Robert I. Sperber, 87, innovative leader of Brookline schools
Dr. Sperber became an adviser at Boston University after heading the Brookline schools.
By Marvin Pave, Globe Correspondent

In his annual address to teachers and staff on opening day as Brookline’s superintendent, Robert I. Sperber would often describe the school system as a lighthouse, illuminating a path toward excellence.

“Bob made us feel part of something bigger than ourselves, that our work went beyond the classroom,’’ recalled Jeffrey Young, who formerly chaired Brookline High School’s English department.

As superintendent in Brookline from 1964 to 1982, Dr. Sperber was instrumental in the founding of the Metropolitan Council for Educational Opportunity, or METCO. He also implemented innovative curriculum and support programs, including the Brookline Early Education Project; Facing History and Ourselves, a Holocaust education program; and the town’s Extended Day Advisory Council and Education Foundation.

A special adviser to Boston University’s then-president John Silber after leaving his superintendent post, Dr. Sperber died of cancer Dec. 21 in his Brookline home. He was 87.

“I saw how his words, his ideas, and his heart could make a difference for students, and I am forever grateful he was my mentor,’’ said Young, a former superintendent of schools in Lynnfield, Lexington, Newton, and Cambridge.

In 1998, the Brookline Education Center was renamed the Robert I. Sperber Curriculum Center, and an annual award for educational leadership in Brookline is presented in his name.

Last April, before a gathering of more than 140 friends and former colleagues, Dr. Sperber was honored at the Brookline Teen Center, where he was a board member.

“He was an inspiration to me and many others,’’ said community activist Anne Turner, who chaired the event. “It was a special and poignant thank you, and it meant a lot to us and to him.’’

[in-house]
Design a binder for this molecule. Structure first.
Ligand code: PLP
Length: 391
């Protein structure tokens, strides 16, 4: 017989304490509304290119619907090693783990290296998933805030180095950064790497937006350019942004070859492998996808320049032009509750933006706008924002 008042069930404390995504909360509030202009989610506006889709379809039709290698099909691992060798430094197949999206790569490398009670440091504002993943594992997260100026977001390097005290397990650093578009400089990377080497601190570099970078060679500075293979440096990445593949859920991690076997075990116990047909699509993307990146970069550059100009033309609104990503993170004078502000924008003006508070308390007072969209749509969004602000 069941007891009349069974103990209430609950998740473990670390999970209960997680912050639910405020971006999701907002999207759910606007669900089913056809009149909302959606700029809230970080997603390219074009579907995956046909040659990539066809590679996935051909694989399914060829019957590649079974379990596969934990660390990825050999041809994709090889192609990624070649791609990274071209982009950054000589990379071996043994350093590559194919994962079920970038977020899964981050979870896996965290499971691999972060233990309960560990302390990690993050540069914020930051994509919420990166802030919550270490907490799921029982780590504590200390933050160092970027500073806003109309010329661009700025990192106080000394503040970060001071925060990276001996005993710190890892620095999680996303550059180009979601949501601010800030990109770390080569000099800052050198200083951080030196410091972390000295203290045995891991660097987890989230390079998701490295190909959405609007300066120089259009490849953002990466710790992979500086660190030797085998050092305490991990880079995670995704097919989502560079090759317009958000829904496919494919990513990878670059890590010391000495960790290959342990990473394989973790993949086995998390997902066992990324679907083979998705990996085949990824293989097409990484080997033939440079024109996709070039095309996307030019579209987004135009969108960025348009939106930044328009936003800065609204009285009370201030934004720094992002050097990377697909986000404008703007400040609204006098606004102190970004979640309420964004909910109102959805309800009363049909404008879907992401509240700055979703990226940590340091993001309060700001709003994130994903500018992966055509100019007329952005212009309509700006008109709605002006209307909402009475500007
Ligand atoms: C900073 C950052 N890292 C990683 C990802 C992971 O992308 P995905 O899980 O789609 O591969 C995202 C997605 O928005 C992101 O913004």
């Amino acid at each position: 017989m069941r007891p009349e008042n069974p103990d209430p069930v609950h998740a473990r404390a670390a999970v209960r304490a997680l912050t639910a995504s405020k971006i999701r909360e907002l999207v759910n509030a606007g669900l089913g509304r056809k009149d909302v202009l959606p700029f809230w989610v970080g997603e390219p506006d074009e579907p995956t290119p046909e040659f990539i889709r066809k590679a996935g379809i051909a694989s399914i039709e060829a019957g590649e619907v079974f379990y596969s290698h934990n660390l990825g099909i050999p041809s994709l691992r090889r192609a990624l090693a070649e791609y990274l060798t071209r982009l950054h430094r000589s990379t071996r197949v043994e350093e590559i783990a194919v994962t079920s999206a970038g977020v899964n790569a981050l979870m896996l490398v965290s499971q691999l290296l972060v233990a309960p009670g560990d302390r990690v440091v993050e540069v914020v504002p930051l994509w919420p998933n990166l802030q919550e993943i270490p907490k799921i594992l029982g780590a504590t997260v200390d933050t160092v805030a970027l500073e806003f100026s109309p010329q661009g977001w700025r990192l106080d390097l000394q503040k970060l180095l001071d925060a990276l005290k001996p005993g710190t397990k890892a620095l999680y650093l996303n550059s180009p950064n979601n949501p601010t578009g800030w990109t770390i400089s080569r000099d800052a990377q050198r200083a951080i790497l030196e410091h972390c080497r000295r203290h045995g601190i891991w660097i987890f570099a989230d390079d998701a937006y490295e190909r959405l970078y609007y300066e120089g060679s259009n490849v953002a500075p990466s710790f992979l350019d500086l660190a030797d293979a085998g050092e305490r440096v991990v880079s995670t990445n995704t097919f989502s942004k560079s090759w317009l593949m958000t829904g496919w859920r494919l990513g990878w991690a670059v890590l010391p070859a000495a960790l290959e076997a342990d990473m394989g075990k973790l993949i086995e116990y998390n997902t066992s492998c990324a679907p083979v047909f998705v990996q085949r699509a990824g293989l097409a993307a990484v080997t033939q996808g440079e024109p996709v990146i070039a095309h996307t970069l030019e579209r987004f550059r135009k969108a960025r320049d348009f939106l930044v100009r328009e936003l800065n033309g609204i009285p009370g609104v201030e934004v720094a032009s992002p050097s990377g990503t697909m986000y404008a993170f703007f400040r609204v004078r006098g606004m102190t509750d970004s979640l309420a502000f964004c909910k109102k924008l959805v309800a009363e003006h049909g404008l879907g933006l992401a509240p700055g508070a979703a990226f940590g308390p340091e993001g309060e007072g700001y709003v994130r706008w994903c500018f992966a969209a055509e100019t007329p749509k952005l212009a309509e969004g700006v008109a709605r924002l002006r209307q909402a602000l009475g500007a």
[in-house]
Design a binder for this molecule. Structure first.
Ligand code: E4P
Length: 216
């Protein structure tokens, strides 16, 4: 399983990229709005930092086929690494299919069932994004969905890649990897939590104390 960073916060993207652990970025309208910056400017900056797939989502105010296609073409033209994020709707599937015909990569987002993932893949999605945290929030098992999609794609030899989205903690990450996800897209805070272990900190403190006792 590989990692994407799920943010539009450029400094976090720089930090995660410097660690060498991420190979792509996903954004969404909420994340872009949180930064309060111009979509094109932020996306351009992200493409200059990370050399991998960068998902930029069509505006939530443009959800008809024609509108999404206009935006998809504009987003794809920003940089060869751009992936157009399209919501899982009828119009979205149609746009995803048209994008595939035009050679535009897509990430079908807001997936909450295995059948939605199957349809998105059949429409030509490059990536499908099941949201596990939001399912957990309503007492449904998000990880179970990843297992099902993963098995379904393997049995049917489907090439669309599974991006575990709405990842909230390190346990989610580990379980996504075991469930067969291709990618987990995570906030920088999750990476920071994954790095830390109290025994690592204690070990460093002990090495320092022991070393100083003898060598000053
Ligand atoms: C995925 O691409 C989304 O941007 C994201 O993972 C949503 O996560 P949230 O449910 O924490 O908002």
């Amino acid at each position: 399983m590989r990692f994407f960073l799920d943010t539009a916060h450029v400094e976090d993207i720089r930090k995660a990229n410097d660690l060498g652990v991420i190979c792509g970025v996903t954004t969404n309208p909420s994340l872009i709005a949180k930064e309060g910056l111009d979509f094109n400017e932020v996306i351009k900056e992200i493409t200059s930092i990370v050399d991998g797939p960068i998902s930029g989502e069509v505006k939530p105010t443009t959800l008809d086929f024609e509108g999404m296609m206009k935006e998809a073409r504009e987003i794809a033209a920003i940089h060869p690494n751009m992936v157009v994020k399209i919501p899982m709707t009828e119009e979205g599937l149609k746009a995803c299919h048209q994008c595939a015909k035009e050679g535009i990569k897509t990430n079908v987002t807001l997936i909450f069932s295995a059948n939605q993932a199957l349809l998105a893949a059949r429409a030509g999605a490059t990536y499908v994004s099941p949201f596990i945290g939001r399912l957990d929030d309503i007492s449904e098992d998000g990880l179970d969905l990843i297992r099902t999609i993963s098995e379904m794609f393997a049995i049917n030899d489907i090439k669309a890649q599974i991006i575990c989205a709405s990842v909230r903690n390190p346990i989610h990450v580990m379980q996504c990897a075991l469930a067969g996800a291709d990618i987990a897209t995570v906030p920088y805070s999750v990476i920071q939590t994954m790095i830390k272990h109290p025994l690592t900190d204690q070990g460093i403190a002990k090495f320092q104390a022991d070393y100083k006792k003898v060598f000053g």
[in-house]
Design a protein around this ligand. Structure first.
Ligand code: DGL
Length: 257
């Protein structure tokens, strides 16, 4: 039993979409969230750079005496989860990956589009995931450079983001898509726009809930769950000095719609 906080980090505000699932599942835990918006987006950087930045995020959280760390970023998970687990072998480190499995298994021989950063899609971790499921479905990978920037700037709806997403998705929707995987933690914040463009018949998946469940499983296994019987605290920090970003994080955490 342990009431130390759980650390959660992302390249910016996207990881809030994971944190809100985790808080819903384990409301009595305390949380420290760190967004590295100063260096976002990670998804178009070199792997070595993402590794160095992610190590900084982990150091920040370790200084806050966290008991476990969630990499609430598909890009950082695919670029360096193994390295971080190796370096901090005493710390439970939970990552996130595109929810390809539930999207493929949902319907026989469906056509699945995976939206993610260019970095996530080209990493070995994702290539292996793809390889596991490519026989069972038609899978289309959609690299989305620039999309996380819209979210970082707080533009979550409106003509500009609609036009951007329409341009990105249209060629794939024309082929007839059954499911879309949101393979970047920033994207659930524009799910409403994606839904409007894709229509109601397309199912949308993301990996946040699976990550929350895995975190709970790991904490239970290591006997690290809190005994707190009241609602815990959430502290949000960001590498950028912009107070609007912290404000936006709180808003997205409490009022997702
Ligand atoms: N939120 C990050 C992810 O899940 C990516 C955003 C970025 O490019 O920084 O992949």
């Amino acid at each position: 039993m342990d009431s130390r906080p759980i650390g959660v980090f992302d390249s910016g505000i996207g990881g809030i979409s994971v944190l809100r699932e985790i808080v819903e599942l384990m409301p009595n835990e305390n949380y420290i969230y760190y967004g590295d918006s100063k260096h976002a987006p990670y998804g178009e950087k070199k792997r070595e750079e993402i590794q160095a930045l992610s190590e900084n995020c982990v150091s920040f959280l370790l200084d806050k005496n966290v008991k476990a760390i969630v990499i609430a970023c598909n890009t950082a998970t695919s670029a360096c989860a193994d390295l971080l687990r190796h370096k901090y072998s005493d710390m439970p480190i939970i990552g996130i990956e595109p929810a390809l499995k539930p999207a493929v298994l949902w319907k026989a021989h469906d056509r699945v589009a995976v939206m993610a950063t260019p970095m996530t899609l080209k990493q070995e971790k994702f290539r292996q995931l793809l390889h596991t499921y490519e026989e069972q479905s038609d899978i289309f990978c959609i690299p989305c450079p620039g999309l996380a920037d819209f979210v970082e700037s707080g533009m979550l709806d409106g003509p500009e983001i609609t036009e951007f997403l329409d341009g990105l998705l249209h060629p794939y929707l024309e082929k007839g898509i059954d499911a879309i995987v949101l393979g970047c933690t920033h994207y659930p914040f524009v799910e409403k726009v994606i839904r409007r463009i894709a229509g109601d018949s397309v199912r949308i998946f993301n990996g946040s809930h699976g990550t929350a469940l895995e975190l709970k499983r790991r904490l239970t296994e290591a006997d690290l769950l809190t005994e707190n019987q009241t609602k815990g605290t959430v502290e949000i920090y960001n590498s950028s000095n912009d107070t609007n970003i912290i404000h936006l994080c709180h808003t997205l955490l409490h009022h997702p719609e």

The celebration included an oral history video in which Dr. Sperber talked about his core beliefs: a commitment to equality for all students, the importance of creating innovative ideas that last, and using education as an instrument of social justice.

Barbara Senecal, who had chaired the Brookline School Committee during Dr. Sperber’s tenure, recalled that “people were standing in line to just have a moment with him’’ at the celebration, and that “he was the most ethical and moral straight-talking person I ever knew.’’

In the oral history, Dr. Sperber said that when he came to Brookline, its eight K-8 schools were unequal. He called them the “haves and the have-nots,’’ and he improved the four “have-nots’’ through better staffing and curriculum, and up-to-date textbooks.

He also upgraded the occupational education program at the high school, providing opportunities for that segment of the school population after graduation.

After Proposition 2½ — which he opposed — was implemented, Dr. Sperber decided in 1982 to resign as superintendent. The state law mandated that local property taxes could not rise by more than 2.5 percent of total assessed value annually. “It’s just been very painful for me to recommend a cutback of programs I’ve had a role in creating,’’ he told the Globe at the time.

He spent the next 20 years at BU as a specialist in urban education for the Silber administration, and as a professor of urban education. “There are vast resources in the university that could be mobilized as kind of a pool — both human and physical,’’ he said in the same interview. “We have a responsibility to offer this.’’